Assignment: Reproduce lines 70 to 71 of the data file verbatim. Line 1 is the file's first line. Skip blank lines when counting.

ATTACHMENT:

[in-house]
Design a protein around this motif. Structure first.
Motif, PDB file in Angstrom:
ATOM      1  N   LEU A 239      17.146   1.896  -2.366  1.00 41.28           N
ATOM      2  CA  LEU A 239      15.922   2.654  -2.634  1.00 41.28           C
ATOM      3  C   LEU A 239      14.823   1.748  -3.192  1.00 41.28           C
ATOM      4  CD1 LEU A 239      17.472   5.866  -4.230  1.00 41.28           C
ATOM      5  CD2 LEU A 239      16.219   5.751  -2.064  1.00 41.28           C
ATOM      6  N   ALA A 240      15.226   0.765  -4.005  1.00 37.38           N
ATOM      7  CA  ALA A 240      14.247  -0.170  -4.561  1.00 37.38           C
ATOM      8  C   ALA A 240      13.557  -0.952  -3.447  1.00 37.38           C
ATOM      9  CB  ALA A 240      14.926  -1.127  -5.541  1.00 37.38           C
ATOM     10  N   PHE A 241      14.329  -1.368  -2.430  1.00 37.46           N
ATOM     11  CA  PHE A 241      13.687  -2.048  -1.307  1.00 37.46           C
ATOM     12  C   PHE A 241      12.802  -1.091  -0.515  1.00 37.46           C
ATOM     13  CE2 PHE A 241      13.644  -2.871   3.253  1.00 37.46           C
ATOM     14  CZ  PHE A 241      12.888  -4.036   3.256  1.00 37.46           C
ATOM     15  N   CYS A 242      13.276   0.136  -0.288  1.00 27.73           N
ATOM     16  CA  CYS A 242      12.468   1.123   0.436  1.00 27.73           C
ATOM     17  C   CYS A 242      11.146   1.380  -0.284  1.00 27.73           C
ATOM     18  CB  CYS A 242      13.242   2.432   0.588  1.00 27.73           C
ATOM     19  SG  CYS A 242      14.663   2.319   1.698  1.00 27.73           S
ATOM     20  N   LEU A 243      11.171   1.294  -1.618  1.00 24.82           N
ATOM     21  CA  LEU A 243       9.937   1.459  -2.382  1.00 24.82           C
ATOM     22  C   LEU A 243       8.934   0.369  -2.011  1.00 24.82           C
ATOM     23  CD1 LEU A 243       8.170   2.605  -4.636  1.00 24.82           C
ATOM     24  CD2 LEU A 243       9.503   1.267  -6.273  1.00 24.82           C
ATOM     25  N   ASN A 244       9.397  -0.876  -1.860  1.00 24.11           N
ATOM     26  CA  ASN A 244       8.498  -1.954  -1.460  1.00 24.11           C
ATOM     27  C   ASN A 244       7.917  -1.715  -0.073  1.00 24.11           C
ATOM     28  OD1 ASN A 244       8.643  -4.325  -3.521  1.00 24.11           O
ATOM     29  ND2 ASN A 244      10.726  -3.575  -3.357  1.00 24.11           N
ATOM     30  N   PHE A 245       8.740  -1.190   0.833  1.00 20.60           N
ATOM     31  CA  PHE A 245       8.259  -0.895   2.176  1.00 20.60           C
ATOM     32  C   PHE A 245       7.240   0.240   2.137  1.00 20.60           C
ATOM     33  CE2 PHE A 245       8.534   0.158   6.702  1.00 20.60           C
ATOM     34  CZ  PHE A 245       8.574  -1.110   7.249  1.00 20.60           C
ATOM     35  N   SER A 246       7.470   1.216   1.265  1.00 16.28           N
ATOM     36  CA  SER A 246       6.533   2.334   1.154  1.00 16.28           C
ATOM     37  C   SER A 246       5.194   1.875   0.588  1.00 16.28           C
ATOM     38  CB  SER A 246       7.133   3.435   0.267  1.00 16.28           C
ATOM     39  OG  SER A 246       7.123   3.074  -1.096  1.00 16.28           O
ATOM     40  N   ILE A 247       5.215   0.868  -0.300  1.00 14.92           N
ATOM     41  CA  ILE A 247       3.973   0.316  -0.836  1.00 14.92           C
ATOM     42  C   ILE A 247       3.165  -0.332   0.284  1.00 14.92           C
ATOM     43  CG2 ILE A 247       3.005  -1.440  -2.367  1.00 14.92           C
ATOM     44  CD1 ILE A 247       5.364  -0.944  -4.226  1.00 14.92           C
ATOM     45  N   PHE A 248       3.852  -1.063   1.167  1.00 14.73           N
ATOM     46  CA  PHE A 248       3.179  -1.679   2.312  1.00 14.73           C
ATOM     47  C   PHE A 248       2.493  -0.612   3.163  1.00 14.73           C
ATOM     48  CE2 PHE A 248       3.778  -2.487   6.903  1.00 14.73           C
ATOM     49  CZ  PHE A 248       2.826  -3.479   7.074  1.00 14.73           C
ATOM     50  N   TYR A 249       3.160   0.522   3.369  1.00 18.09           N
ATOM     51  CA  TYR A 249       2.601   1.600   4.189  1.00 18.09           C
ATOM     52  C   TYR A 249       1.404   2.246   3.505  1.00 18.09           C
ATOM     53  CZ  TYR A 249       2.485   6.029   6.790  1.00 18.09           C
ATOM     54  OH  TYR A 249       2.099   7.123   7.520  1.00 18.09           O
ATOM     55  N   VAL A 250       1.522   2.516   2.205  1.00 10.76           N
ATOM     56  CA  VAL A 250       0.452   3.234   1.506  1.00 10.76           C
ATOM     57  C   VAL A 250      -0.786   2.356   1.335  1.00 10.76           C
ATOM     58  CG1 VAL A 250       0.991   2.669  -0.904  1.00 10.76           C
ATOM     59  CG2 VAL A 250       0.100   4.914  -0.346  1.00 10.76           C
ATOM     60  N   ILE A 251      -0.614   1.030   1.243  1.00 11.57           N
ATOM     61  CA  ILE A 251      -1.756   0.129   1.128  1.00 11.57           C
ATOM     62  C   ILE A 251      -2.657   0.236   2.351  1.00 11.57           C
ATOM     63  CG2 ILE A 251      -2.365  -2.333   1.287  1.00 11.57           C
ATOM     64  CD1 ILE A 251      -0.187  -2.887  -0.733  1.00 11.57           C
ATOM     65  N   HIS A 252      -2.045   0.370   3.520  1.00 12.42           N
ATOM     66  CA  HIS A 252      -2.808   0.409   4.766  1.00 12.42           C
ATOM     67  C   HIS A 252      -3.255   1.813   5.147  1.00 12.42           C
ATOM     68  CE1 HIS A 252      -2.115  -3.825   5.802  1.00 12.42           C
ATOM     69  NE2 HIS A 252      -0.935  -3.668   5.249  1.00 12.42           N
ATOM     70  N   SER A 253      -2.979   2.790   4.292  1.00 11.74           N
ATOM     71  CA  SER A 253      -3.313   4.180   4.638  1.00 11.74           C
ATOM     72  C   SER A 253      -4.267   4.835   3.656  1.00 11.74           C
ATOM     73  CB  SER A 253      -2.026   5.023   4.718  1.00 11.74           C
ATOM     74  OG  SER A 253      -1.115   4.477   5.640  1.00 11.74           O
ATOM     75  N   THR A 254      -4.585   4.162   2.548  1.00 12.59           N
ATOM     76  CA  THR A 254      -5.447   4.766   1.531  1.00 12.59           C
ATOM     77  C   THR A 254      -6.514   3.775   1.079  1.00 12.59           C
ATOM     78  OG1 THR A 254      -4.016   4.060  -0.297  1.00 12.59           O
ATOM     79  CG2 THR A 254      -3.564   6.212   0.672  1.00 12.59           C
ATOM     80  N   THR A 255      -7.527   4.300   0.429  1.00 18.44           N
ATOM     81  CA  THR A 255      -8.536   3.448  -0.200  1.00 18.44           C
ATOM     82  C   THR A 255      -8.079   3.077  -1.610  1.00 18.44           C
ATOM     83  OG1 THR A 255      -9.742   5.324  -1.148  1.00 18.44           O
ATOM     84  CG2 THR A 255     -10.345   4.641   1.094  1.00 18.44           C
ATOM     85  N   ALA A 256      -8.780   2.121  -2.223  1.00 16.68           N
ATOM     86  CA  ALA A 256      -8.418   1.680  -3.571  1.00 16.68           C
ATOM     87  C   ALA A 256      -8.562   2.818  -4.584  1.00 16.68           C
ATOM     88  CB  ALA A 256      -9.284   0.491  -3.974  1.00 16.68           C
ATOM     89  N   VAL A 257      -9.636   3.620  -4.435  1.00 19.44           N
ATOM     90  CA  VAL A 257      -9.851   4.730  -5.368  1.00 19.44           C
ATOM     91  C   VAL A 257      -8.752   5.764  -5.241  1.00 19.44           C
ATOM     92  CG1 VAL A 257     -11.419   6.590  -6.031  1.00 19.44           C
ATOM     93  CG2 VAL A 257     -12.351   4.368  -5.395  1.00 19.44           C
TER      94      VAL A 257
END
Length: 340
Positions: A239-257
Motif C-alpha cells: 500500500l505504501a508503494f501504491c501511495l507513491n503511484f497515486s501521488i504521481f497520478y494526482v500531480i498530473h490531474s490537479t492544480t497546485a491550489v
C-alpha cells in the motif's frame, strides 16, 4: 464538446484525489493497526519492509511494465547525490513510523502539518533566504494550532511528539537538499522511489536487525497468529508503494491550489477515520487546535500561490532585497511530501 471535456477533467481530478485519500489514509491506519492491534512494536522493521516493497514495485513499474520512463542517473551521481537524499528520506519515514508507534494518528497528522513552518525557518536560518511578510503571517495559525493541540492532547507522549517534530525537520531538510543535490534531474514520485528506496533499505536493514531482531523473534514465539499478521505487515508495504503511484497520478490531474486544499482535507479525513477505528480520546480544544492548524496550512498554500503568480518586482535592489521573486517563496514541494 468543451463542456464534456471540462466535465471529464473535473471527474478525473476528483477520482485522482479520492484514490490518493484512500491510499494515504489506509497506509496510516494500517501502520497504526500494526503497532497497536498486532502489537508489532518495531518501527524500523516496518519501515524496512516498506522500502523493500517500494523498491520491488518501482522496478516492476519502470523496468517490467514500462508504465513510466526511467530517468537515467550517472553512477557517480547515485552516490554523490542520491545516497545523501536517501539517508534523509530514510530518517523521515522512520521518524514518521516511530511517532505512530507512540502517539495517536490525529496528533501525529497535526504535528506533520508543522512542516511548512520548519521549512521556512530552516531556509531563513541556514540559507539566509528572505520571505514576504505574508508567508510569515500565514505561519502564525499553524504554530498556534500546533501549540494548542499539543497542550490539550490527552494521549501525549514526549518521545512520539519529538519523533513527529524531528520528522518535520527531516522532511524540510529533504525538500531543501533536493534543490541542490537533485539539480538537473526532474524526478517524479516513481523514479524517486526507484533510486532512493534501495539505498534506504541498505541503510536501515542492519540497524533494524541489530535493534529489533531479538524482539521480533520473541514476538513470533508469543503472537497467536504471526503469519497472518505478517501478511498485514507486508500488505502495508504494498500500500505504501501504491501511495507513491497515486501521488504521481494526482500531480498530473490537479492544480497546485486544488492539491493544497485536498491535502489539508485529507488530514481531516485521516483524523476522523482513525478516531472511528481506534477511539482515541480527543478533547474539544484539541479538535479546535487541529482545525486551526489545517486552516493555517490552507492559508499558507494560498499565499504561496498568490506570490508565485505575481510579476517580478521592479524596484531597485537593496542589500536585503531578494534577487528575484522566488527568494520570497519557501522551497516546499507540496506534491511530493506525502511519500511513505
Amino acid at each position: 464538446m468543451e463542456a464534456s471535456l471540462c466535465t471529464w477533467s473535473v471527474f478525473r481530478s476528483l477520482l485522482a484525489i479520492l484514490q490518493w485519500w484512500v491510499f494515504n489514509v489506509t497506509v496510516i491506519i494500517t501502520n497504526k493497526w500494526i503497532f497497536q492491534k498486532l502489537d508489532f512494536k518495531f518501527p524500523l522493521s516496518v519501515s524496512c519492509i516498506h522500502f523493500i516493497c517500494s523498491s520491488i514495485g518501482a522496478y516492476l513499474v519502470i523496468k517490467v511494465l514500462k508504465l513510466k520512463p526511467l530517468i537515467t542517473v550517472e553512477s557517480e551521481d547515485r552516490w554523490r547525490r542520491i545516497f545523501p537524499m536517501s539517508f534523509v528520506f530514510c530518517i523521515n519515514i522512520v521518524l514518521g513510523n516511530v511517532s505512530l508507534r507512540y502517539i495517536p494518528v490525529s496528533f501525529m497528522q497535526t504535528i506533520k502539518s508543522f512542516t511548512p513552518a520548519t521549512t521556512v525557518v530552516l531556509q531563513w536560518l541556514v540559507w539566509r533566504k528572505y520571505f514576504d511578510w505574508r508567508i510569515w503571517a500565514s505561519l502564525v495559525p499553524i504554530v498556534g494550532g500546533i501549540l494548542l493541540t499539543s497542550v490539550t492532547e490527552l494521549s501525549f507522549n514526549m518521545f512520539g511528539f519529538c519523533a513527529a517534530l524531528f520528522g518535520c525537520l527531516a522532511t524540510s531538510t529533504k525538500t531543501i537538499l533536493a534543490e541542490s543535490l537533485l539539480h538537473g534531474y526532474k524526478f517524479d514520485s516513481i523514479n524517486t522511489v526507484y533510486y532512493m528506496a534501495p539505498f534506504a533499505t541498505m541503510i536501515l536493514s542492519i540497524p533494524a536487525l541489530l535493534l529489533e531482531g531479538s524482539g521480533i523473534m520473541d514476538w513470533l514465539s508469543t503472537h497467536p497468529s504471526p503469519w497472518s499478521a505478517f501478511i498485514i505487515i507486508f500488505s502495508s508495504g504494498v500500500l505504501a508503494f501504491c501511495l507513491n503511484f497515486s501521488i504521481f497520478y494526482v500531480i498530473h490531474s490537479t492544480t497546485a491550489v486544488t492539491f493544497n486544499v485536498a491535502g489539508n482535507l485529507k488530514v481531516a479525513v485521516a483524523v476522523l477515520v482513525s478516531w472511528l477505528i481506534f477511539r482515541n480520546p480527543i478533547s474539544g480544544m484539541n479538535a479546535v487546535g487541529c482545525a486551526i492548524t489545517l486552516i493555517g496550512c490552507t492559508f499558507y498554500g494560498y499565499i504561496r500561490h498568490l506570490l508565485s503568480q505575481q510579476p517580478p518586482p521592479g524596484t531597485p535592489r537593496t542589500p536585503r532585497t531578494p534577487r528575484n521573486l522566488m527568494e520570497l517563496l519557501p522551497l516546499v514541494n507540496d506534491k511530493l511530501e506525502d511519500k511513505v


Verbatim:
ATOM     67  C   HIS A 252      -3.255   1.813   5.147  1.00 12.42           C
ATOM     68  CE1 HIS A 252      -2.115  -3.825   5.802  1.00 12.42           C